Again, (Anthony writes) this isn’t me saying that the original games are terrible. In fact, without the Pokemon franchise, I probably wouldn’t be into video games as a whole. Pokemon Red, Blue, and Yellow brought millions of children joy and I wouldn’t want to take that away from them. However, it is important to note that the original generation of Po kemon games do not hold up as well as your memory serves. In a number of areas, you have to have particular Hidden Moves in order to advance that take up a move slot. Except for Surf, these moves are worthless to use in battle, and because you remember it as part of your childhood they had to be brought back in every other game until the release of Sun and Moon.

There are a number of spots in Red, Blue, and Yellow that require grinding in order to proceed, and fighting the Elite Four in the last stage of the game is an absolute drag to slog through while you try to gain enough experience to wipe out the opposing team. No matter how engrossing a game is, having to spend hours beating up considerably weaker enemies to grind levels is a waste of time and energy. The Psychic gym is particularly annoying, as it includes the aforementioned overpowered types alongside teleportation pads that are the worst to get through if you don’t have a guide. And the story of the original games is extremely barebones, with not much happening the entire 20-30 hour playthrough, and while that’s not necessarily a terrible thing, it really highlights how much the series has evolved, not just in story, but in every aspect of gameplay.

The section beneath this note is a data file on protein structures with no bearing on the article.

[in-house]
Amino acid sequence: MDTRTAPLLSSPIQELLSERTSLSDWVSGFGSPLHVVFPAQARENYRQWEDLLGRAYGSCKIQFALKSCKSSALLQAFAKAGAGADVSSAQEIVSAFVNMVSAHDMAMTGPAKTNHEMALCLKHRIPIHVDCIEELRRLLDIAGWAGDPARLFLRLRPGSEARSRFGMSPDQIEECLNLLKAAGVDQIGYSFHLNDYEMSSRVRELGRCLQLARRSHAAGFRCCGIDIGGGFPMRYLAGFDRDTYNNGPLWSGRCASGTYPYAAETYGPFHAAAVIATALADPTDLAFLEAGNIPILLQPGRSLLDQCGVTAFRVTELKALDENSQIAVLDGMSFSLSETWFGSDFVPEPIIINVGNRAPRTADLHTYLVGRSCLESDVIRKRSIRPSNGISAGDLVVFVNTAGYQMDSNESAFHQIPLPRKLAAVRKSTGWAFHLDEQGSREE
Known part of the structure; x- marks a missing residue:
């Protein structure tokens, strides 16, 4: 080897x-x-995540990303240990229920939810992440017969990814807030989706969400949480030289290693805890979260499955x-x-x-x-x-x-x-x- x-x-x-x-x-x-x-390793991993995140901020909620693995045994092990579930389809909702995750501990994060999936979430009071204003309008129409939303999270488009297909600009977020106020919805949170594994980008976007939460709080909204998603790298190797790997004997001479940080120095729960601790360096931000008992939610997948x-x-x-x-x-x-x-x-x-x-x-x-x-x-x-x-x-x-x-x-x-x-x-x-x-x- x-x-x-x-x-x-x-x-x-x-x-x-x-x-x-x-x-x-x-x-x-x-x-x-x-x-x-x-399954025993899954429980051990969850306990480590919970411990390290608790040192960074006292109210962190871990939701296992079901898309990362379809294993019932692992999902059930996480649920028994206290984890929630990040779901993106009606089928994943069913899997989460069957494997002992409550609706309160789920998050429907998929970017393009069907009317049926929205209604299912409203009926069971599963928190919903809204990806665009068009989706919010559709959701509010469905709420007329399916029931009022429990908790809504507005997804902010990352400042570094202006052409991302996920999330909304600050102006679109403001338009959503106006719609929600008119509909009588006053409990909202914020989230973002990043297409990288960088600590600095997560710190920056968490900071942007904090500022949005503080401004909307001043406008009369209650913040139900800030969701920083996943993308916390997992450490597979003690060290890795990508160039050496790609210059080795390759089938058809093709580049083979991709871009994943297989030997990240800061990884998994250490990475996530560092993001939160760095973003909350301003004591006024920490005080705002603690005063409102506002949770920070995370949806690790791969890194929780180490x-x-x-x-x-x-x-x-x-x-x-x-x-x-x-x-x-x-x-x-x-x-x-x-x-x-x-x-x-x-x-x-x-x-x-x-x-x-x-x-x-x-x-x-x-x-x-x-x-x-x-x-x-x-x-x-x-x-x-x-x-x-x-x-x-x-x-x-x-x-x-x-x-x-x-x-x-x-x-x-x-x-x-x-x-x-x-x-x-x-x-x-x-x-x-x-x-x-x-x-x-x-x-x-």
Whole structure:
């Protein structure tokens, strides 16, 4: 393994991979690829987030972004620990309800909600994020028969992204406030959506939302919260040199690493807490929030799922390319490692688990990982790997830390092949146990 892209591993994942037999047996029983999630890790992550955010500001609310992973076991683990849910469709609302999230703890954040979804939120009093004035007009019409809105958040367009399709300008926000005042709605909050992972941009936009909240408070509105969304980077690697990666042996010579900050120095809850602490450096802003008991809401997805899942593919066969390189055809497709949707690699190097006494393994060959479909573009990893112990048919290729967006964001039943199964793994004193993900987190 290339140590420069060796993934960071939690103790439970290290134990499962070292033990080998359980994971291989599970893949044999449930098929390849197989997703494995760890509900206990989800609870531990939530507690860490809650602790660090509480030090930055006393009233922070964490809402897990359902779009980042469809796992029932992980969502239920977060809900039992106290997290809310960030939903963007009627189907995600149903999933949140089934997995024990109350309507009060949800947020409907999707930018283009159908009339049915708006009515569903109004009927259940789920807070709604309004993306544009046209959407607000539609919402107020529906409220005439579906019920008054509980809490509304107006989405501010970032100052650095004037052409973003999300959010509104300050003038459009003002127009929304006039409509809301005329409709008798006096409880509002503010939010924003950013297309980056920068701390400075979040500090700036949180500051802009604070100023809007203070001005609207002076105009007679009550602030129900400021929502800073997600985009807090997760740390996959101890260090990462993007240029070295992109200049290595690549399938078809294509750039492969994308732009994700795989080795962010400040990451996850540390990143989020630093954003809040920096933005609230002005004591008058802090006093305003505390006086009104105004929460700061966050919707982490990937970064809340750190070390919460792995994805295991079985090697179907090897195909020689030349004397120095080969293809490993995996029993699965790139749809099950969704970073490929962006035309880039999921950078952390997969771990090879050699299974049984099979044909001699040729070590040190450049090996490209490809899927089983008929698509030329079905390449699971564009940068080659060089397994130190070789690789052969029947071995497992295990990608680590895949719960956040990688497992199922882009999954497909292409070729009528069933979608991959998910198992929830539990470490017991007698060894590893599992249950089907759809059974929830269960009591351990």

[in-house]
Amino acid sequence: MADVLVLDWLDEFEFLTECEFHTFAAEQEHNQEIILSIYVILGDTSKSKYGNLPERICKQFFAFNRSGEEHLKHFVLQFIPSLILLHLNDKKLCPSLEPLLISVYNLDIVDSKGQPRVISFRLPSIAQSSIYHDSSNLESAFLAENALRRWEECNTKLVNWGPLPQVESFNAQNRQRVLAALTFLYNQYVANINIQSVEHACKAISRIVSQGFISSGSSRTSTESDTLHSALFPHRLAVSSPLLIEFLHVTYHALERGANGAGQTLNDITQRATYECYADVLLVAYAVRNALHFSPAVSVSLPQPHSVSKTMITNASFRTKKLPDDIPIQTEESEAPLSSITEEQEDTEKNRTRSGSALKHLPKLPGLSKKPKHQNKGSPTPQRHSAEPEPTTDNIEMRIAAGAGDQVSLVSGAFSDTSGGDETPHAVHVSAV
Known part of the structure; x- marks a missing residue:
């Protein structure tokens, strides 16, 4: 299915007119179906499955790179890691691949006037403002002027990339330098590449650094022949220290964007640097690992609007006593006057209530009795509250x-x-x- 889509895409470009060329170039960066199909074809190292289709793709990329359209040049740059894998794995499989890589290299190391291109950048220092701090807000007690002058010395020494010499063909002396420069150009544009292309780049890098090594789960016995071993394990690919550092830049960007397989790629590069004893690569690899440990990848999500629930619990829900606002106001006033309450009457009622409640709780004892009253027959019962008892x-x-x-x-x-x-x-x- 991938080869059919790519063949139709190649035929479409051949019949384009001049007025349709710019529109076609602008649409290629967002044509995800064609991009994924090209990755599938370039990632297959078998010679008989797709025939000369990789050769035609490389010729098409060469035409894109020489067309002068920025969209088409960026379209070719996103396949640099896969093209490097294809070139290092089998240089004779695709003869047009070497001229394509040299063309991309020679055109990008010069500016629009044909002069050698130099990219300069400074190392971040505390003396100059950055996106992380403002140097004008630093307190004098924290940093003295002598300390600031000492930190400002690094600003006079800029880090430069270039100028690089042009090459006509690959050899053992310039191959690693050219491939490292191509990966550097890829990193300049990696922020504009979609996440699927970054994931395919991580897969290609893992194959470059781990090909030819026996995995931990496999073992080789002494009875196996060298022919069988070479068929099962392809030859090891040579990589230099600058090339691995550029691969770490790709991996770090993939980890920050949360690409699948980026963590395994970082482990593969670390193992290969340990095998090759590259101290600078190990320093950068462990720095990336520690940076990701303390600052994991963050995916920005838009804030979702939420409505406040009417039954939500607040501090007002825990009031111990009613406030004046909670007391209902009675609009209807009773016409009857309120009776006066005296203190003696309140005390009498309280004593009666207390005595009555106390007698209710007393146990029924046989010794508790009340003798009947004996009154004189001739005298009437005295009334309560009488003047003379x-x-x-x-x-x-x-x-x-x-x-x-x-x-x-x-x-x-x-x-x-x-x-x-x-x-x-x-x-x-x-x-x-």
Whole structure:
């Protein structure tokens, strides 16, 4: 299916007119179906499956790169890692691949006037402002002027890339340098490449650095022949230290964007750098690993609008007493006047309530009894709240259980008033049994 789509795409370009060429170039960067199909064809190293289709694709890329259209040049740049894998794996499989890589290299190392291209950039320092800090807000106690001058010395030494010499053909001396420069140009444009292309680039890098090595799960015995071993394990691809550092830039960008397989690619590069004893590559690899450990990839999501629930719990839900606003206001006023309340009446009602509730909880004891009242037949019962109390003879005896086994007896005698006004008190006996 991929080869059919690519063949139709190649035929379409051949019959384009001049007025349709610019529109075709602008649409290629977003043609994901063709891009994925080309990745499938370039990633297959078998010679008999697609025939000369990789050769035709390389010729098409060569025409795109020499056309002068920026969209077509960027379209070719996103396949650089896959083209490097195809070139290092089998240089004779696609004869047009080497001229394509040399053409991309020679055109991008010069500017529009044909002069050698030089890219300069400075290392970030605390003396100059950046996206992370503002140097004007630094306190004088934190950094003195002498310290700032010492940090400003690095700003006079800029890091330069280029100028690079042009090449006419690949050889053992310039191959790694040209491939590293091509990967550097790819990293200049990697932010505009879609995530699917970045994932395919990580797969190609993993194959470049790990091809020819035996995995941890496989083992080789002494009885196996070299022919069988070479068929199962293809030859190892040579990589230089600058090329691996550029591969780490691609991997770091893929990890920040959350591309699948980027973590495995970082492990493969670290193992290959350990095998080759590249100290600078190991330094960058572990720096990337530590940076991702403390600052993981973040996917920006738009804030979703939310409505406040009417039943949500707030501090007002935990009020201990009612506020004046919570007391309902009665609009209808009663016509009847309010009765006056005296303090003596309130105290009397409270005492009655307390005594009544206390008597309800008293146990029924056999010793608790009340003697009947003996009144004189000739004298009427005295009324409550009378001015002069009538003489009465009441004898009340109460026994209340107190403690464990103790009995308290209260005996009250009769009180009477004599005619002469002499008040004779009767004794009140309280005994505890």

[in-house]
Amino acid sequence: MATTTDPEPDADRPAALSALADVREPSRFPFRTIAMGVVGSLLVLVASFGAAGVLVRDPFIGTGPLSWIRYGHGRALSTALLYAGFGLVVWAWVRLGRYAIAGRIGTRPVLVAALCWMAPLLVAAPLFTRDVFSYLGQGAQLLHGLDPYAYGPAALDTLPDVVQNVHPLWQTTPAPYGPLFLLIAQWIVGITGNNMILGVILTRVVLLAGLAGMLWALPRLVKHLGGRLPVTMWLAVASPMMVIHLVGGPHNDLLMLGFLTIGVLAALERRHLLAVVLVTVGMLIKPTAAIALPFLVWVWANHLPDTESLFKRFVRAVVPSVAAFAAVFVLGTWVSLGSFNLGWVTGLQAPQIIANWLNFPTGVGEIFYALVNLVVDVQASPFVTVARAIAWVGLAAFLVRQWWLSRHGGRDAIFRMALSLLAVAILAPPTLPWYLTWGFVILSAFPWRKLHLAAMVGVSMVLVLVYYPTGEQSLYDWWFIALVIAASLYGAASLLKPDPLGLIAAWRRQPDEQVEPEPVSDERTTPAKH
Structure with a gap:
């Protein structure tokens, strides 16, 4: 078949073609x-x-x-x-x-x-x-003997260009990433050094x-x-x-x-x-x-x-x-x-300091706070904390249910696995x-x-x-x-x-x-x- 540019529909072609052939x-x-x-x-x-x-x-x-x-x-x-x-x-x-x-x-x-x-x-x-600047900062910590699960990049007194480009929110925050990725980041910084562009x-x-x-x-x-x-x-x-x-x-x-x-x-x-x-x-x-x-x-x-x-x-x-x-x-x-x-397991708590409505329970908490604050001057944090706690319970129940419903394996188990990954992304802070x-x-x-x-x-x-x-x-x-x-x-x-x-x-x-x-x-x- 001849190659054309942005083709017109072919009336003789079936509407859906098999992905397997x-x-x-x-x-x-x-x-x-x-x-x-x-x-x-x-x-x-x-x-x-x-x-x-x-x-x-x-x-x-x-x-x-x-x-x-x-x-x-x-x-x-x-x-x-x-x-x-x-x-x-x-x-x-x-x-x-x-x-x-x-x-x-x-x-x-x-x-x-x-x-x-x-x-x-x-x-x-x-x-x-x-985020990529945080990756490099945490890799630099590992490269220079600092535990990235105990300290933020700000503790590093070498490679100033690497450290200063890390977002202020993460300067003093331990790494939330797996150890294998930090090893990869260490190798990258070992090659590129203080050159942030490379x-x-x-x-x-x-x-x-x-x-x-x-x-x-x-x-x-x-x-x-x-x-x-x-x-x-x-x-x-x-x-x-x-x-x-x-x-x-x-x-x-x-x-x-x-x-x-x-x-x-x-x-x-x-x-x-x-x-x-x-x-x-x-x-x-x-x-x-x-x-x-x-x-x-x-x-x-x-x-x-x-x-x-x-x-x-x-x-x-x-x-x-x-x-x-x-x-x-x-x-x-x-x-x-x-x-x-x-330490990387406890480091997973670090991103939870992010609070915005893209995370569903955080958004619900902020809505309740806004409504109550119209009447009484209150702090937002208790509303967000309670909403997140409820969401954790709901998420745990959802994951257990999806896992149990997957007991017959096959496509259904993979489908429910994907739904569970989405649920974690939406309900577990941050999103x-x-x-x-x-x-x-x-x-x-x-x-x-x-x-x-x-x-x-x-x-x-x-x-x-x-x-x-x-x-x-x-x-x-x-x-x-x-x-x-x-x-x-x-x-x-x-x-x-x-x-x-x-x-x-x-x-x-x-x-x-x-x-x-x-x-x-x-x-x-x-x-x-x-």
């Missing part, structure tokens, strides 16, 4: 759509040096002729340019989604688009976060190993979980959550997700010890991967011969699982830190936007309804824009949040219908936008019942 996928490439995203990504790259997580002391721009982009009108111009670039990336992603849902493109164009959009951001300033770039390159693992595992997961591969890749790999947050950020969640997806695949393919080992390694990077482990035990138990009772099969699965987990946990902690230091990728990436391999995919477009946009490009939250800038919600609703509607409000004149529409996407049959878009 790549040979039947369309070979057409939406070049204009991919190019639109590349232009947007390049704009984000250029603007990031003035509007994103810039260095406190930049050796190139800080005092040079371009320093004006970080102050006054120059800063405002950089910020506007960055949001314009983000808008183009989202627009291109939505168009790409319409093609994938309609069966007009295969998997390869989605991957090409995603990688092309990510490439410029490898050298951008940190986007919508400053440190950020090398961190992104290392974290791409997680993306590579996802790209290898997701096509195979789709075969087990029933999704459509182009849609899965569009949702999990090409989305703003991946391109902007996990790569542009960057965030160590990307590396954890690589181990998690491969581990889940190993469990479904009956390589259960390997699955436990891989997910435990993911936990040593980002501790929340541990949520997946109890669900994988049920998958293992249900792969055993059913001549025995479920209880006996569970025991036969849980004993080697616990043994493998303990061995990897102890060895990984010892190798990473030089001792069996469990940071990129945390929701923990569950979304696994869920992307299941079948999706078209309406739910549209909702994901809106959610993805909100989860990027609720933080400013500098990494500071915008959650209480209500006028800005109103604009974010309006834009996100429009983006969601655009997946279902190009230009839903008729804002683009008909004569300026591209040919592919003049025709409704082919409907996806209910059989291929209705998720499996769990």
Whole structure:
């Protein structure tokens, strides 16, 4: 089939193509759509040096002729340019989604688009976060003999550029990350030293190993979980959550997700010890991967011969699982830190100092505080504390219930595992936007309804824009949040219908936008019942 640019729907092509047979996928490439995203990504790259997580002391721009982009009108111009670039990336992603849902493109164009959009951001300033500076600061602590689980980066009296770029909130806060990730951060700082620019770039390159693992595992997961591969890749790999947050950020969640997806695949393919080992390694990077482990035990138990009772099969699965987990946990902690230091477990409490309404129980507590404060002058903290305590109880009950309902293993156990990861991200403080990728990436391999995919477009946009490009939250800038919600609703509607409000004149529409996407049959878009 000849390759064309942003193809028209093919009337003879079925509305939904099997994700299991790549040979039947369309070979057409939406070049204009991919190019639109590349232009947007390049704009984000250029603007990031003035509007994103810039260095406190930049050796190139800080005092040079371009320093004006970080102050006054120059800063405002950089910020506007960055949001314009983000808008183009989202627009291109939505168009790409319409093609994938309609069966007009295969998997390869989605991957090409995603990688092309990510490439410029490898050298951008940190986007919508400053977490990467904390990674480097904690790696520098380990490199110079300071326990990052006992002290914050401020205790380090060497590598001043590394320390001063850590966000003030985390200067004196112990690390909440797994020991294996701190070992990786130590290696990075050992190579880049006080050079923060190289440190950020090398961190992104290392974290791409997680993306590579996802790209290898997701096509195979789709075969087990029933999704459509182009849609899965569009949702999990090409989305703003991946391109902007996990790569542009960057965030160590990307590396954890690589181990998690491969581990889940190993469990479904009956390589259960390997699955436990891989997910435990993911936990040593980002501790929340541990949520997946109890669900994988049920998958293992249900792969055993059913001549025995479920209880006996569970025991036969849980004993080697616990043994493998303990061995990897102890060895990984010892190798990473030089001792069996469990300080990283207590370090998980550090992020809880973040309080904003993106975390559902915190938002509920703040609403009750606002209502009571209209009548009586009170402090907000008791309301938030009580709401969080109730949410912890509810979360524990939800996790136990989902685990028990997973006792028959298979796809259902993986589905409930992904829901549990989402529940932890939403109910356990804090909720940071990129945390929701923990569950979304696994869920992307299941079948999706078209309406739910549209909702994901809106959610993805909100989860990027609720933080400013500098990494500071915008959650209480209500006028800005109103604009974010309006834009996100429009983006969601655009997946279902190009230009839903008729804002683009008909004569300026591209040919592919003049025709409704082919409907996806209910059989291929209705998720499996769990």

While nostalgia for the games of your youth isn’t a bad thing, you shouldn’t let it take over your mind and prevent you from trying out the other games in the franchise. Pokemon has only gotten better as the years go on, not worse, with the latest release of Pokemon Sun and Moon being among the best in the series. All I have to say to end this is: give the newer games a try, and don’t be stuck so far in your own head that it prevents you from playing the other amazing games in the franchise.

I. Coleman
I Coleman believes that videogames are the most important, most fascinating, and most potentially world-changing entertainment medium today. When not saying dorky, embarrassing crap like that, I is a game designer, science fiction author, and former reviews editor for the now-defunct GamerSyndrome.com with years of experience writing for and about games.